Lunch Lines Really Are Getting Slower. The Apps Are To Blame.

A recent Slate article explores the perils of mobile pre-orders.

If you've noticed a serious holdup at your favorite fast-casual chain eatery lately, you're not alone. Slate writer Henry Grabar recently reported on the driving force behind the issue: a clash between online and in-person ordering.

Grabar kicks off the article with an anecdote about an unusually slow ordering experience, during which he noticed that "more than half the people behind the counter were preparing lunch for a shadow line of customers," whom Grabar refers to as "the preorderers." The preorderers were rushing in, grabbing their food to go, and leaving the in-person orderers in their dust. "They were skipping the line and eating up my lunch hour," Grabar writes.

It's true: every fast-casual chain seems to be pushing preorders as the way of the future. Grabar cites a choice few including Shake Shack, a chain whose digital sales now represent 47% of all its order volume. Starbucks' online order rate also increased from 16% to 24% between 2019 and 2020. Grabar adds that Chipotle's first-quarter "digital orders" grew 133% over the prior three months this year, accounting for "more than half of all sales at the chain." More than that, Grabar reports that "nearly all Chipotle restaurants now have a second, hidden assembly line for digital orders." Fine, Chipotle! Keep your secrets!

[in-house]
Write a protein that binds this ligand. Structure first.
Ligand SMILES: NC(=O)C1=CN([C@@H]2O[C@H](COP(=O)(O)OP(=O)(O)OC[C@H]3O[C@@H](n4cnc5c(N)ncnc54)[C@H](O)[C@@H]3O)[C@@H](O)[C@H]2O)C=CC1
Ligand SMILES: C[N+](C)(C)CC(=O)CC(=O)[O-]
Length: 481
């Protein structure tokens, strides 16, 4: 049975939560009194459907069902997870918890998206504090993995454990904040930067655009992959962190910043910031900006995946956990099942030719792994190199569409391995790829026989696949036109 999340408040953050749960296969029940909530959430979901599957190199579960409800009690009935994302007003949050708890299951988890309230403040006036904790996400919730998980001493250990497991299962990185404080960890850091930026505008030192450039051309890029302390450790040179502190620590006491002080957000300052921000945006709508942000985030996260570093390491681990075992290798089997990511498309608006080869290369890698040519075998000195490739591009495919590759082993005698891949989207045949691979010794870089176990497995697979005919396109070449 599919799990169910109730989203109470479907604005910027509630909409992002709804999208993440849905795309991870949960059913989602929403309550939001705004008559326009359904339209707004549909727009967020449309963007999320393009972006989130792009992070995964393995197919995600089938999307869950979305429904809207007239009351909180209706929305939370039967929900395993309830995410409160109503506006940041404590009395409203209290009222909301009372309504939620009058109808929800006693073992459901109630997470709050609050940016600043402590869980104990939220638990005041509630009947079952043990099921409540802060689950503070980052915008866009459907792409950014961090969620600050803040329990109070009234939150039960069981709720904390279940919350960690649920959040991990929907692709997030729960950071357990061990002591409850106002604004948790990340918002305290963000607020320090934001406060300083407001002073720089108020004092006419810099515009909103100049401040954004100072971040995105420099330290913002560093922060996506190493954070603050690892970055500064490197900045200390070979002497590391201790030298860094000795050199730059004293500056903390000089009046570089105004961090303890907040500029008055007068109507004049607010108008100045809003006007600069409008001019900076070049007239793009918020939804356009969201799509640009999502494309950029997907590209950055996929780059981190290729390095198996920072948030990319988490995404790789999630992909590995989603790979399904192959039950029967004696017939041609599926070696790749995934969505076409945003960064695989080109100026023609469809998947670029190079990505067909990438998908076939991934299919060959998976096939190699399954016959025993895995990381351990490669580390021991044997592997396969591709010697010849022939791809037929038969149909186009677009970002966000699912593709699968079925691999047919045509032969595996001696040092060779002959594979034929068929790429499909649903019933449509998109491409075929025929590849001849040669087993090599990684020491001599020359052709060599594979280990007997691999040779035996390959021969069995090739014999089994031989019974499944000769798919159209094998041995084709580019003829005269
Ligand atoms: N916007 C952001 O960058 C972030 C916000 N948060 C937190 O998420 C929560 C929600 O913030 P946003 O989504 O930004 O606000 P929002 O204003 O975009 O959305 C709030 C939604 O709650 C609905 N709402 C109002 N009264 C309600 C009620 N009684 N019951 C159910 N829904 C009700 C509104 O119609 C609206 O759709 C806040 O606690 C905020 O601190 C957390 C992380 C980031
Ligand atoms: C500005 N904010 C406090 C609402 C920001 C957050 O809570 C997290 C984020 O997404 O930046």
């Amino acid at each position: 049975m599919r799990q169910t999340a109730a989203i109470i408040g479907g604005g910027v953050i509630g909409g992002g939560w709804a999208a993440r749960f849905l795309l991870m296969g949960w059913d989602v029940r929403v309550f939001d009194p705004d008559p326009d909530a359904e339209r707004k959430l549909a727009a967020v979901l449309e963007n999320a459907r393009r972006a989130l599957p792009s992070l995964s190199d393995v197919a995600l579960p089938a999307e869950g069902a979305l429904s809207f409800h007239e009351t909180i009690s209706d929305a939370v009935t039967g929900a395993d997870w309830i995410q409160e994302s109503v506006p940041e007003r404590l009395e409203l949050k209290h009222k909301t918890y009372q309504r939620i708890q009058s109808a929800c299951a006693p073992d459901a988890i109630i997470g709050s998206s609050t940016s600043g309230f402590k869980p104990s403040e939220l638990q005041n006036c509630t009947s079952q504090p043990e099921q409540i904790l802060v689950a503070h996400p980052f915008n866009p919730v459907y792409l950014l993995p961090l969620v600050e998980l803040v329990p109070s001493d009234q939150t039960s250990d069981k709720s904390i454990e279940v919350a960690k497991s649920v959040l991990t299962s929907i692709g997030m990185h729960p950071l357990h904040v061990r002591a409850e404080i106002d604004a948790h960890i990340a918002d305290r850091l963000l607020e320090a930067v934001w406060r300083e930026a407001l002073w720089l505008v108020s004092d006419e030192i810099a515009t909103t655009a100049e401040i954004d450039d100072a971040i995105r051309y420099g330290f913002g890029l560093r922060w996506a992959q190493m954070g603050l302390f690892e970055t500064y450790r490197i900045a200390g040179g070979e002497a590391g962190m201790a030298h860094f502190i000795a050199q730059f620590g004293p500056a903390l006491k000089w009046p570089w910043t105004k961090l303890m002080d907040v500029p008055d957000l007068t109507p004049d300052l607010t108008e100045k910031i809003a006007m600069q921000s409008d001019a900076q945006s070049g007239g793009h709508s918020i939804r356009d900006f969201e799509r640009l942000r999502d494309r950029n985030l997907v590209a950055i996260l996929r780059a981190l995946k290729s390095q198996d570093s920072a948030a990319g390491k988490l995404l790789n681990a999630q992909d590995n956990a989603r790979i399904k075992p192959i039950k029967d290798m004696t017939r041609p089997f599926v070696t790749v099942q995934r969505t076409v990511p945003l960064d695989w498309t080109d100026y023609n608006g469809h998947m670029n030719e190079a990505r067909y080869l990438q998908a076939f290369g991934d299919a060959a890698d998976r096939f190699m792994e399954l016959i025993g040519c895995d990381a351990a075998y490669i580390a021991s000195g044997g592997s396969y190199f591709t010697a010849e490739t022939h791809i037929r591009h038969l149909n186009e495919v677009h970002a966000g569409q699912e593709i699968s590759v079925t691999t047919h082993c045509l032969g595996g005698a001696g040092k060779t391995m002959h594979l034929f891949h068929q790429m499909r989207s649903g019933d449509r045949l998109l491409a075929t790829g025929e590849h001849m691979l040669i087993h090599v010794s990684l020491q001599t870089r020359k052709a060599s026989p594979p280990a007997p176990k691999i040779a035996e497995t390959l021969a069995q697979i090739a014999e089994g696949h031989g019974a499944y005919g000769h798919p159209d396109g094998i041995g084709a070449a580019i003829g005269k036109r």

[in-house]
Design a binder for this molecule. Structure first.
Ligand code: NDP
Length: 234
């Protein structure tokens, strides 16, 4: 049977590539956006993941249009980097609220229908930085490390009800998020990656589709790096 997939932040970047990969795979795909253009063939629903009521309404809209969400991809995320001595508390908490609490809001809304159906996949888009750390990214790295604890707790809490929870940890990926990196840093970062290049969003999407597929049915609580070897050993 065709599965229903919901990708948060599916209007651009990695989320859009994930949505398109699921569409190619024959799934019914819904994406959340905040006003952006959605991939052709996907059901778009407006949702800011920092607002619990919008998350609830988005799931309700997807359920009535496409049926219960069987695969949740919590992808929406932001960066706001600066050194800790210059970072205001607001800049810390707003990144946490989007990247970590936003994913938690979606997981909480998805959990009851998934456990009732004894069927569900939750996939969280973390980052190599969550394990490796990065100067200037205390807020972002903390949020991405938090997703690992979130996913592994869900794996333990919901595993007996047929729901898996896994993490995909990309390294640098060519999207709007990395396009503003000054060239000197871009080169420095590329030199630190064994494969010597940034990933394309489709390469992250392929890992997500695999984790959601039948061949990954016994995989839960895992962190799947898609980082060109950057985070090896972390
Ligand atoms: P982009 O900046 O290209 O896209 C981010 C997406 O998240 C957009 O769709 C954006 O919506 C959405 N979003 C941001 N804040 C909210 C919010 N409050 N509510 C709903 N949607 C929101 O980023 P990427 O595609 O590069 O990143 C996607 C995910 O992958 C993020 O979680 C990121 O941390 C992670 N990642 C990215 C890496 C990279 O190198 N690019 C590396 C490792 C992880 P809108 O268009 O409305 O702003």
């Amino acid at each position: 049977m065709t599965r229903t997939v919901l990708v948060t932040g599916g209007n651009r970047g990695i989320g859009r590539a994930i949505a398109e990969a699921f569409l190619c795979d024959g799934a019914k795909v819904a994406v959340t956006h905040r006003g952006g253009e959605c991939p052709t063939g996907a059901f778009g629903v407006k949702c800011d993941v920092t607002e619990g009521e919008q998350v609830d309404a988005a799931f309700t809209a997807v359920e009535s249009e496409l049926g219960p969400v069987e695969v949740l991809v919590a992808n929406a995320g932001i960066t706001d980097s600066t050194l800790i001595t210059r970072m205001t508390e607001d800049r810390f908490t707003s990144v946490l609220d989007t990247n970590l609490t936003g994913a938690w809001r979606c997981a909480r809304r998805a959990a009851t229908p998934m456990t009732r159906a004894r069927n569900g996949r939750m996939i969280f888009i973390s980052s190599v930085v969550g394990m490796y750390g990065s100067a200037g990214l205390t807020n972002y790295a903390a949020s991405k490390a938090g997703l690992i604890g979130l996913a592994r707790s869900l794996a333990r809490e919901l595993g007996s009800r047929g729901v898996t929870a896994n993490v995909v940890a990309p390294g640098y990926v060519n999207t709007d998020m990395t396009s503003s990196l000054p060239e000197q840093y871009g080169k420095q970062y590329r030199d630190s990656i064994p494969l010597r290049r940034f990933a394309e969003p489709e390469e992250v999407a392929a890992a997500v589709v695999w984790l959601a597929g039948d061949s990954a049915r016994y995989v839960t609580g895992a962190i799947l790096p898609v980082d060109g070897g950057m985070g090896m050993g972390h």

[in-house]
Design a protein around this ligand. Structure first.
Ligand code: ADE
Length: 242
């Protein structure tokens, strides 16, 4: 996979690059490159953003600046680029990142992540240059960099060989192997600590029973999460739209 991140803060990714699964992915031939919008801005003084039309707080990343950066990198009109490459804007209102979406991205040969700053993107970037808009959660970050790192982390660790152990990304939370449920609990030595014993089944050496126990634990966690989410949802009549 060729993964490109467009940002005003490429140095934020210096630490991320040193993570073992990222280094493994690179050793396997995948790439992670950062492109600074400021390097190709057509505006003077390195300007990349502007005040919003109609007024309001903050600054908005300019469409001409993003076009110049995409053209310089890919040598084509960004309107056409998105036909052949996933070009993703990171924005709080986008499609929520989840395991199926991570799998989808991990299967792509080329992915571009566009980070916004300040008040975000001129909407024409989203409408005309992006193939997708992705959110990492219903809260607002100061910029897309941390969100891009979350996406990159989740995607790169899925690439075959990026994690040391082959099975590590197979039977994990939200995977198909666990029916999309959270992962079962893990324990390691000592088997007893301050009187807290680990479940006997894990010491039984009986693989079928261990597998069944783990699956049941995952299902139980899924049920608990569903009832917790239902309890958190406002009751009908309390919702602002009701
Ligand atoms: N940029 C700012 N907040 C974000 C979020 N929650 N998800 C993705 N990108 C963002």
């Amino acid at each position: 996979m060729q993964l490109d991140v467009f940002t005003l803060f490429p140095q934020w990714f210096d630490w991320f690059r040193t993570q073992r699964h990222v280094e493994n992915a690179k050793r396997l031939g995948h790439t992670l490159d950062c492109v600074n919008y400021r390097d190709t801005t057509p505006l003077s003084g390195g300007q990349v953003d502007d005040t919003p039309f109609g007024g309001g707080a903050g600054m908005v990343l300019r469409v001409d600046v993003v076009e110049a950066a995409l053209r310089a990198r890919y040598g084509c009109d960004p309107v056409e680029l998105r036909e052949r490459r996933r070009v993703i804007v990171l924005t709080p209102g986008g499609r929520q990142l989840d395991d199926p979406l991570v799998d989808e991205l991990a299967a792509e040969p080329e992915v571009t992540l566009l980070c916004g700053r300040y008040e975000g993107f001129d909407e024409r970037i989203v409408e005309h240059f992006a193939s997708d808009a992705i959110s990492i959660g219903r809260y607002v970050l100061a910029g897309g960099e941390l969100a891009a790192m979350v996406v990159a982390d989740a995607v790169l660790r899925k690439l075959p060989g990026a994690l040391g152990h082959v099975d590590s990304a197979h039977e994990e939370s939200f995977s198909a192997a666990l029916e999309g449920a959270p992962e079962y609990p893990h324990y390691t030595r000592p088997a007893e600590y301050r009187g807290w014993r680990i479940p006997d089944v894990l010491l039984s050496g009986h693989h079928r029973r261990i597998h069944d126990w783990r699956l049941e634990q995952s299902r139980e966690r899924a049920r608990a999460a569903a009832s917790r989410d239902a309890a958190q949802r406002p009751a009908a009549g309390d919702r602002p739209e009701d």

Is this the new normal? Oh, yeah. Grabar makes it clear that we're living in the age of the "ghost kitchen" model, which we've reported on several times. These delivery-only "restaurants" emphasize a limited staff-customer interaction, which Grabar describes as "cutting out the friction of deliberating customers and cash transactions."

I'll admit: I'm a bit of a preorderer. It's hard not to be, when it's clear that digital ordering means the difference between waiting in a long line or enjoying an extra 20 blissfully empty-headed minutes during my lunch hour. But, as Grabar points out, there's something disquieting about the labor implications of cramming one's employees into a secret room where they'll spend an eight-hour shift preparing ghostly to-go orders. For more information on the phenomenon, check out the Slate article here.

What about you? Do you consider yourself the stand-in-line type, or a seasoned preorderer? Or does it depend on the restaurant?